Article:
Set Up Sampling Plots

Pacing to Measure Distance

Pacing is a reasonably easy and quick method of measuring distance in the field. One pace is defined as two footsteps walking at a natural pace. Twelve paces should cover 50 feet even for individuals with a very short stride. Therefore, if you don't have a long measuring tape or do not wish to carry one afield, you can walk 12 paces from any forest edge or disturbance. Six paces would represent an adequate distance between plot centers.

Using Google Maps to Find Latitude and Longitude – An Alternative to a GPS

If you do not own a GPS unit there is another easy way to find the coordinates for your site location. If you search the internet for Google Maps, you can zoom into the location where your site is located. Clicking the spot on the map will show the coordinates (latitude and longitude) in the box that appears underneath the search bar. You can then copy the latitude and longitude onto your data form.There are several ways to report latitude and longitude. Please record it as "decimal degrees". To set your Google Maps to decimal degrees go to Tools>Options>3D view and select "decimal degrees".

Google map

The objective of these methods is to measure changes in vegetation in response to changes in deer browsing pressure. If your property’s woodland is small (<10 acres), you will establish a minimum of six plots for each method you plan to implement. Locate the plots within the same “stand” in your woods. Because the vegetation in one stand will react differently to changes in deer numbers and browsing intensity than the vegetation response in another stand, the data need to be collected by stand. If you have a larger property and are able to devote more time to the assessment, consider establishing sets of six or more plots in multiple stands. If more than one stand type is present on your property, you may choose to establish one complete set of plots in two or more different stand types to capture the variability in deer impacts. For instance, if you have had a recent timber harvest in one area but not in another, you could set up monitoring plots in each of those areas. If you have woods of different ages, or dominated by different tree species (oak trees versus sugar maple, etc.) these different stands would allow for multiple clusters of 6 plots each.

For either the Woody Seedling or Wildflower method it is necessary to have an adequate number of plants present to measure and monitor. Before choosing plot locations, spend 20 to 30 minutes walking the stand you plan to sample. Each plot is located subjectively to ensure there are adequate numbers of plants to measure. Because this type of sampling assesses deer impacts, the selection of plants does not need to be random. Rather selection of plants needs to ensure that plants will reflect increasing or decreasing changes in deer browsing intensity. The goal is to measure at least 30 plants total of one species from the six or more plots.  Each plot can have a different number of plants.  All plots should be located at least 50 feet from the forest edge where the trees meet an open field, shrubland, wetland, or other non-forest habitat type, and at least 50 feet from human disturbance (skid trail, old home site, hiking trail, road, etc.). If you are conducting the Wildflower method, look for areas where the target species (see Resources section) are growing. Likewise, if you plan to implement the Woody Seedling method, look for areas with woody seedlings (trees or shrubs) between 6 inches and 4 feet tall.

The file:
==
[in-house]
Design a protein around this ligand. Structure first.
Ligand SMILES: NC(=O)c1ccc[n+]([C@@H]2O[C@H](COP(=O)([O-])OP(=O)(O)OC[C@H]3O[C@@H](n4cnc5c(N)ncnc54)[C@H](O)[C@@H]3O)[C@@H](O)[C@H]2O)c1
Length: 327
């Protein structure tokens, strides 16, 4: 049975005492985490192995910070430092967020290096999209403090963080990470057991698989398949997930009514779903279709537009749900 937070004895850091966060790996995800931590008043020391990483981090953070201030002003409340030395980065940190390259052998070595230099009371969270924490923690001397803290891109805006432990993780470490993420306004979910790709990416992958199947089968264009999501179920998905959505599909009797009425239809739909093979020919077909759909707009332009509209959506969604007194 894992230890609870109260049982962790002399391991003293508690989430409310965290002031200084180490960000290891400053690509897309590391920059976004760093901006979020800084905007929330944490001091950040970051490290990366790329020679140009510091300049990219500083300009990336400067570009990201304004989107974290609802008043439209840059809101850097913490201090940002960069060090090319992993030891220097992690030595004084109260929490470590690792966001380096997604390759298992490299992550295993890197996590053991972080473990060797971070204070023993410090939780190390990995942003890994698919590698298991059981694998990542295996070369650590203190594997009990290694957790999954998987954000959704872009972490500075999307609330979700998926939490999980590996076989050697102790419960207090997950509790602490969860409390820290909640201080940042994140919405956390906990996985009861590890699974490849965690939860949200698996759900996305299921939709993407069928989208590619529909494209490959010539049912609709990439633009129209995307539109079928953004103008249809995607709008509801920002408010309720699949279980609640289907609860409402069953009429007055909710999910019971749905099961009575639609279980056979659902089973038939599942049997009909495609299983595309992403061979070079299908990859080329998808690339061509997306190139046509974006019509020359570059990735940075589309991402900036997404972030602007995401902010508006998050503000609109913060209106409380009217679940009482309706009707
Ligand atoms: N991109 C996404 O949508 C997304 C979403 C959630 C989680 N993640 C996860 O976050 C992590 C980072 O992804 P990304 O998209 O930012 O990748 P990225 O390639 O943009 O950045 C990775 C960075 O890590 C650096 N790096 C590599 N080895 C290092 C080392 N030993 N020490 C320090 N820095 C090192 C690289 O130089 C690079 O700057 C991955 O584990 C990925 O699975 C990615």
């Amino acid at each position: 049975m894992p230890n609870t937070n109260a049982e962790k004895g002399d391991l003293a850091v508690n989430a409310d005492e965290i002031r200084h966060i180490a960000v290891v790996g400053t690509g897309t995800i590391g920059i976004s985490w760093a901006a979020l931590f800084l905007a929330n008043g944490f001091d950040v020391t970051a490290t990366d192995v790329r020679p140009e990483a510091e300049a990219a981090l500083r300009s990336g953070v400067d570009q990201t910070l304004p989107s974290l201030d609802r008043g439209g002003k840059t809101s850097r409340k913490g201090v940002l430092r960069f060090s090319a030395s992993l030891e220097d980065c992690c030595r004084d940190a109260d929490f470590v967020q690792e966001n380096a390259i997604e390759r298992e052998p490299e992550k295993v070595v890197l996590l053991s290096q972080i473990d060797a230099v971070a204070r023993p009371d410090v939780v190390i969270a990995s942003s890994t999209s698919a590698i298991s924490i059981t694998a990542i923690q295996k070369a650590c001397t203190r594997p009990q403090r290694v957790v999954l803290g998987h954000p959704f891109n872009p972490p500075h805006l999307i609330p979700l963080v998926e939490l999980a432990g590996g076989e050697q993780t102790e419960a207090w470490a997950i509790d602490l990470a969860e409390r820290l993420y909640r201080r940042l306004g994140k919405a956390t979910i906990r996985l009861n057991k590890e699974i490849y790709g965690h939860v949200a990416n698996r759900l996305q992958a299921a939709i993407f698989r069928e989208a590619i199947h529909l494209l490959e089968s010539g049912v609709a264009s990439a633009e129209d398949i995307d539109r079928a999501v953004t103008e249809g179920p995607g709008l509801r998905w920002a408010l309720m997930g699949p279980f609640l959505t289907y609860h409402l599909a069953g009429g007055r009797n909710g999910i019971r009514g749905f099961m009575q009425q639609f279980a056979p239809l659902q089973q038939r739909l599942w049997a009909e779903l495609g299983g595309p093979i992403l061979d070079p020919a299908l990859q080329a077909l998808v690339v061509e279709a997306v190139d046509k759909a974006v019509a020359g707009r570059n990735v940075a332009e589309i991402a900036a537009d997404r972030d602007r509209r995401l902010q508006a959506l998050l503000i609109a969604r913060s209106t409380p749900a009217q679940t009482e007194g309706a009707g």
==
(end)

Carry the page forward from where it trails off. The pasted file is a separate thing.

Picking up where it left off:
For either method, participants will establish plots with a six-foot radius. Working with a partner who can record data for you makes the sampling easier and faster. Establish as many plots as needed to include 30 or more plants of each species you select. Each plot center should be located at least 25 feet from the center of any another plot. Select a location and mark the plot center using a 2-foot long piece of pvc pipe that is 1 inch in diameter, or a short wood or metal rebar stake (Figure 1). PVC is inexpensive and lightweight to carry. You can paint the top of the stake with tree-marking (or other) paint to make it more visible, or wrap it in brightly colored duct tape or other materials. If possible, record the GPS location of each plot center with latitude and longitude (decimal degrees format) and write the plot numbers on your stakes using a metal tag, permanent marker, or another long-lasting method. It is also a good idea to draw a map of your plots on your data sheet and write the numbers on the map in case the numbering in the field fades or is lost. Marking an access trail with surveyors flagging or other material is helpful (and sometimes essential) for relocating plots.

Plots will have a 6-foot (2 yard) radius (Figure 2). You can use two yard sticks, or cut any stick to a 6-foot length. The plot edge can be marked with small sticks or other objects around the edge to help you visualize the outer limits of the plot. It is important to avoid trampling the vegetation within the plots you establish. These plots will be re-sampled over time and plants can be damaged by trampling, affecting the validity of your results.

Figure 1a Figure 1b Figure 1c

Figure 1. Mark your plot centers with pvc pipe, a wooden stake or rebar. Mark the stake using brightly colored paint, surveyors flagging or brightly colored duct tape to make it easy to relocate.

Figure 2a Figure 2b

Figure 2. Schematic and picture of one plot showing 6-foot radius and four quadrants. Each quadrant is established by measuring six feet to the edge of the plot and marking the plot edge at each of the four cardinal directions.